For the sake of every partner, every child standing in the shadows while their spouse or parent gets through medical school and/or residency…
I don’t ask for sympathy. I simply ask for breathing room. For the chance to feel anything other than the glowing gratitude that society seems to expect of us.
There are times when we don’t know how to deal with the stress of raising our babies on our own. Or navigating a new city with no friends or family, or hell… even any knowledge of where to buy cereal. Moving states away from family, friends, everything we knew.
Residency made this life feel heavier, but also more empowering.
I feel stronger. Bolder. More brave. Less full of fearful anticipation and more full of bring on all the shit shows, buddy, because I’ve got this.
Except for today.
Today, I was working in the garden that was recently bulldozed by a heavy rain, and taking breaks in the 90-degree weather to play “lazer tag” with my boys with squirt guns. I forgot this morning that he (my husband) was not going to be home for a day and a half, even though we only live four blocks from the hospital where he works.
This morning, I forgot that he had a call shift because when he said “goodbye, have a nice day, I love you”, he hugged me for much longer than normal.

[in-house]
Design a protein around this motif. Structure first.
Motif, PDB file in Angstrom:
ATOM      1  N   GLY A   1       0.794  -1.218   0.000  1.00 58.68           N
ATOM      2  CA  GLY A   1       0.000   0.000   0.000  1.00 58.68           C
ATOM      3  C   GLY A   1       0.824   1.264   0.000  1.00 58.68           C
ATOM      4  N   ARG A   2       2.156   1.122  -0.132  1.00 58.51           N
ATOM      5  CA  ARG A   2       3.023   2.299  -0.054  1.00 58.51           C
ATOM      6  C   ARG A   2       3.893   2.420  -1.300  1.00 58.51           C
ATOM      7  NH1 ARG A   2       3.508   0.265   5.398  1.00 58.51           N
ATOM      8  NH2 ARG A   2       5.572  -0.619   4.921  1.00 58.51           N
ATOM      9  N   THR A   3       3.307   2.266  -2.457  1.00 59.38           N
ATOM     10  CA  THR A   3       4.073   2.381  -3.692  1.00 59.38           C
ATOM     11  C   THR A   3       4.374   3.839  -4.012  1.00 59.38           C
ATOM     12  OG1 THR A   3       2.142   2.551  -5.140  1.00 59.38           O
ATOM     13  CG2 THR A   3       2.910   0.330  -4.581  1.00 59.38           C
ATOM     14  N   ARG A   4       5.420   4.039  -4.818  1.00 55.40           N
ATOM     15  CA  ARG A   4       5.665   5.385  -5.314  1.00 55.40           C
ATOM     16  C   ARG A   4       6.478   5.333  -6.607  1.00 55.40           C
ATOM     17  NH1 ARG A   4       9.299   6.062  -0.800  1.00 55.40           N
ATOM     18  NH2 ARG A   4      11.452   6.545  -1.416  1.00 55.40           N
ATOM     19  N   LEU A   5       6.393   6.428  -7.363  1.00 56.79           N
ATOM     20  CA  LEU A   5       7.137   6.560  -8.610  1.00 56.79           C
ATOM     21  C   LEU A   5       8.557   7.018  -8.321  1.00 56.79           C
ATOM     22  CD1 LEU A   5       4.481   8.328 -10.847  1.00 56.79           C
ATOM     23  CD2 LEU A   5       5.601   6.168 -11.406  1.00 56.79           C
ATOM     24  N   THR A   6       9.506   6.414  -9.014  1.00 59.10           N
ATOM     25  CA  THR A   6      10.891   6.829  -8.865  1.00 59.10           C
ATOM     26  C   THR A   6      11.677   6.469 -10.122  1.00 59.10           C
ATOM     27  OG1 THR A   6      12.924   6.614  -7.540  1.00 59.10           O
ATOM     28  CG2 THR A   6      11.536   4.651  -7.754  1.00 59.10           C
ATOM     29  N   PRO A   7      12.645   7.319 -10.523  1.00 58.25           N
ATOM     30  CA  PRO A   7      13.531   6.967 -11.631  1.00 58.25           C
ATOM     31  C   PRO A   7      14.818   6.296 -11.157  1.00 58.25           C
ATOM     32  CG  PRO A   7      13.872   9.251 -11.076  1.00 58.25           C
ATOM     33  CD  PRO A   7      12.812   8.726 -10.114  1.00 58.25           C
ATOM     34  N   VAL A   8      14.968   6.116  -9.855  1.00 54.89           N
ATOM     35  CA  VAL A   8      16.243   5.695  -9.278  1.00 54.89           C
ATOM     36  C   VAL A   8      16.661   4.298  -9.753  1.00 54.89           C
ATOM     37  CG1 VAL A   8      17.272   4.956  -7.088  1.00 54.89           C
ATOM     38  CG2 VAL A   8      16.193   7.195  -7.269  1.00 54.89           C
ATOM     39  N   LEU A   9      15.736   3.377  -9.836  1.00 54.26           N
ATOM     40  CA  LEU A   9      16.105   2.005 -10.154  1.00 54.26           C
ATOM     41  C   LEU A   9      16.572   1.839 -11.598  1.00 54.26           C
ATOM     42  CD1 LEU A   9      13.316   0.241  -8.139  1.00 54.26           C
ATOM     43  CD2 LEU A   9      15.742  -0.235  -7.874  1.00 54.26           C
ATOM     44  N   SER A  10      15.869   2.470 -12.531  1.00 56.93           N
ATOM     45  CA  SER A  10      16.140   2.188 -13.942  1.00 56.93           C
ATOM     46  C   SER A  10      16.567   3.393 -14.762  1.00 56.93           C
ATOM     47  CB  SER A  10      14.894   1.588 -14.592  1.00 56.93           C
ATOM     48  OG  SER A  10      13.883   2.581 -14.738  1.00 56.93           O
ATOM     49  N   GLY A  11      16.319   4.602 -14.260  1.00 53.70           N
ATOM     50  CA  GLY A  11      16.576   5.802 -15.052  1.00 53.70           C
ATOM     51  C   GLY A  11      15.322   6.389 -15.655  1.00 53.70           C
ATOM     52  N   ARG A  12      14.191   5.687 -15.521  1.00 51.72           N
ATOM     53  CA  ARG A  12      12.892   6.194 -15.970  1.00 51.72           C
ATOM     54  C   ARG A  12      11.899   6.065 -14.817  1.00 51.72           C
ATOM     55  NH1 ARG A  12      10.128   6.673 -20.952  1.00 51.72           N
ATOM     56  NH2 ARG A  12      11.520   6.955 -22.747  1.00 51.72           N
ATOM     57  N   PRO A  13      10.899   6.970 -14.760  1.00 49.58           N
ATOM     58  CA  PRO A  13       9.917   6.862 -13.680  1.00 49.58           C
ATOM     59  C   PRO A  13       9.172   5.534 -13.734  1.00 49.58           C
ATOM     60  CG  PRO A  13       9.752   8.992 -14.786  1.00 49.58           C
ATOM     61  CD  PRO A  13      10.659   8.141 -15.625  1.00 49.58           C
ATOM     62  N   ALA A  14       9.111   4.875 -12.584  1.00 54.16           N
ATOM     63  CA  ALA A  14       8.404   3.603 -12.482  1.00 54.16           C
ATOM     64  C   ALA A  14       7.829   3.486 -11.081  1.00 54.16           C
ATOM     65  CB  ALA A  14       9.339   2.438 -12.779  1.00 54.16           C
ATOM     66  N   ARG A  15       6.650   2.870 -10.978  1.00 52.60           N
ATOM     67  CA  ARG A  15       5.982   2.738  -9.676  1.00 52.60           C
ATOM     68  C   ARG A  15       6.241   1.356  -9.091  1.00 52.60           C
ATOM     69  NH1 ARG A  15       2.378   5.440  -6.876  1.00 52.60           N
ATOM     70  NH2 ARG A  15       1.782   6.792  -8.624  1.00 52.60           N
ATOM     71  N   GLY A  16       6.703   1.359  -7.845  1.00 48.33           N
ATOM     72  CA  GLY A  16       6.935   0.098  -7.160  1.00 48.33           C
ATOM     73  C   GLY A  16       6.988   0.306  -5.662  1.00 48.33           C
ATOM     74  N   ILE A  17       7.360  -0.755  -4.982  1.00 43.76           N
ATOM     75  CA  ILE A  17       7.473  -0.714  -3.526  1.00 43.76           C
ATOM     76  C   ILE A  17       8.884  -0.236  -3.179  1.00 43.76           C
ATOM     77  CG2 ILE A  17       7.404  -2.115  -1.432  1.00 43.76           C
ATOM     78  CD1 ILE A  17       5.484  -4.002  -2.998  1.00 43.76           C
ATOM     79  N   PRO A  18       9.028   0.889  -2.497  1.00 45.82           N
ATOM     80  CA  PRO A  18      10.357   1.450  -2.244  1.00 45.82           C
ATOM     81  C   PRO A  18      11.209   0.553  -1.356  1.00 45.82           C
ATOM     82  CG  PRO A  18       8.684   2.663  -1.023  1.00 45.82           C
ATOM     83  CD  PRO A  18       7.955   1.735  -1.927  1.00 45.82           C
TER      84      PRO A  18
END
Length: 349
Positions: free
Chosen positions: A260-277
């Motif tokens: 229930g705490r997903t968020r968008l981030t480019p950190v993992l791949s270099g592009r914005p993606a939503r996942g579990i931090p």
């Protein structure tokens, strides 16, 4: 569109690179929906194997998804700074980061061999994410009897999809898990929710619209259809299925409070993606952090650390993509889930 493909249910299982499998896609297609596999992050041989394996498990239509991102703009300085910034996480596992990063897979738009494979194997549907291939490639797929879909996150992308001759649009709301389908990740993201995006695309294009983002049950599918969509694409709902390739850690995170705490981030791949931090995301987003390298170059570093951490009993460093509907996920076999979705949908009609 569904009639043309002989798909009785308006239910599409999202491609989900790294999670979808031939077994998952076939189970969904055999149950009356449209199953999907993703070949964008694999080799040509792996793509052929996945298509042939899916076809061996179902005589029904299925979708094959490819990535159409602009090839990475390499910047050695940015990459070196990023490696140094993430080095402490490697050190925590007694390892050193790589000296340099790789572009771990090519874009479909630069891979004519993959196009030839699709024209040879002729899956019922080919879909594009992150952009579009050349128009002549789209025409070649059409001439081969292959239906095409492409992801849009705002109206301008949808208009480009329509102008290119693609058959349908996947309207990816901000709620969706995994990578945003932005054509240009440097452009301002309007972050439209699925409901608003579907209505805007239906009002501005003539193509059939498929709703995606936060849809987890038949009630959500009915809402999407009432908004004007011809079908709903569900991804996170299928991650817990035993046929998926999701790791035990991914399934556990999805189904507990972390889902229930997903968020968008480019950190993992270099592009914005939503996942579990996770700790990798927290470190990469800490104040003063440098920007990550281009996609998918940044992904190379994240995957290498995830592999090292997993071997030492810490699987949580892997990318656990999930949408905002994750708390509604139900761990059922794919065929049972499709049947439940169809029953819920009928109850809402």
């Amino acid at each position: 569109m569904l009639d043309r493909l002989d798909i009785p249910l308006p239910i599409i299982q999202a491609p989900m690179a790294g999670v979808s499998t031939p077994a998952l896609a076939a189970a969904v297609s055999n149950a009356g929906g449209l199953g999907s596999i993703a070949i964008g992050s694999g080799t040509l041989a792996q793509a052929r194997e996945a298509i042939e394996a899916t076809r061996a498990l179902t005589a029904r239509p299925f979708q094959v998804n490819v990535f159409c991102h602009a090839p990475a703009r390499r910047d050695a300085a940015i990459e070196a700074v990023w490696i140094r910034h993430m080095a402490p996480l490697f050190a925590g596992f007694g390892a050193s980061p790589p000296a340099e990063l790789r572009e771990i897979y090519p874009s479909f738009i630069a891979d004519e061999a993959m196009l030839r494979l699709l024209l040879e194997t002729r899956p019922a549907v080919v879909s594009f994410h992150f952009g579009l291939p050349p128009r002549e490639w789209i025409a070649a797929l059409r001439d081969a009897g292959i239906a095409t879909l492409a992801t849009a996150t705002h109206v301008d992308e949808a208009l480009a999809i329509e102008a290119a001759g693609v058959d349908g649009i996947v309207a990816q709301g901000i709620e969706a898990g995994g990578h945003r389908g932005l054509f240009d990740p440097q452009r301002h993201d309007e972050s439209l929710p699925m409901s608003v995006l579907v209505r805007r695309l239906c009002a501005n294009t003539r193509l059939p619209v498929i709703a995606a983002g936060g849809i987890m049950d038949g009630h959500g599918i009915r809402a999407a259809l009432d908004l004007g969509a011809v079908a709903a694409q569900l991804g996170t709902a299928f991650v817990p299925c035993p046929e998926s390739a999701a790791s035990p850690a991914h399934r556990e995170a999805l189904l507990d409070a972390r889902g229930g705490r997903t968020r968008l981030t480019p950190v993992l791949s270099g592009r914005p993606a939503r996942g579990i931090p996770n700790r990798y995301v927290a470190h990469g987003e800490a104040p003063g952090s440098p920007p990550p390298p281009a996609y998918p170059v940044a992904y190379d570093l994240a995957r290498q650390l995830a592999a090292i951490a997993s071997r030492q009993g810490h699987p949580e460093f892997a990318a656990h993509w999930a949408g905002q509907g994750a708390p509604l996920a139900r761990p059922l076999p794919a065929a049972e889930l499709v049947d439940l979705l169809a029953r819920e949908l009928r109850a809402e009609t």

I assumed it was because he was feeling the weight of the fact that we are now down to one more night. One more night of waking up as a team that pulls little Henry into bed with us when he wakes in the middle of the night. One more night of “which one do you want to get to sleep tonight”.
Today, in the middle of the epic water gun battle, he called to let me know he had three minutes to get home and pack his overnight bag for his call shift. I scrambled to find what he would need, then just before he drove away, I frantically called to our oldest son James (little Henry was napping - a true miracle). I worried that James would be upset about missing his chance at an extra Papa hug.
Fortunately, James is at an age where Papa hugs and Digimon episodes weigh out pretty evenly. He was hidden away safely in the basement play room when my husband drove off.
This “see you tomorrow morning” hurt more than usual. Just yesterday, I was at the annual picnic that is held for a huge collection of people who work in coordination with my husband’s surgical residency program. I recall speaking to the partners of this year’s intern class about my experiences over the last year, and how I felt like a pro. I felt/feel stronger and more capable and ready to take on more challenges that come with being the spouse of a general surgery resident…
But that was last night. Today, I don’t feel as strong. Today, as I hugged my love and kissed him, and breathed in his semi-sterile smell (still lingering on his scrubs after his short 2-minute commute to our home), I had a difficult time remembering to breathe and not cry. I’m sad.
I’m sad. And uncertain. And feeling maybe a little bit scared.
Two months without him. Our boys will be without him for two months. His hugs. His dirty socks on the floor that drive me nuts and his nightly ritual of having a bowl of cereal after dinner, or FOR dinner. Because you know… life. And in his case, more often than he’s willing to tell me because I’m an empath, death.
I guess through all this, my friends, is that more often than not, those around you are going through more than they’re willing to say. Please be patient and kind.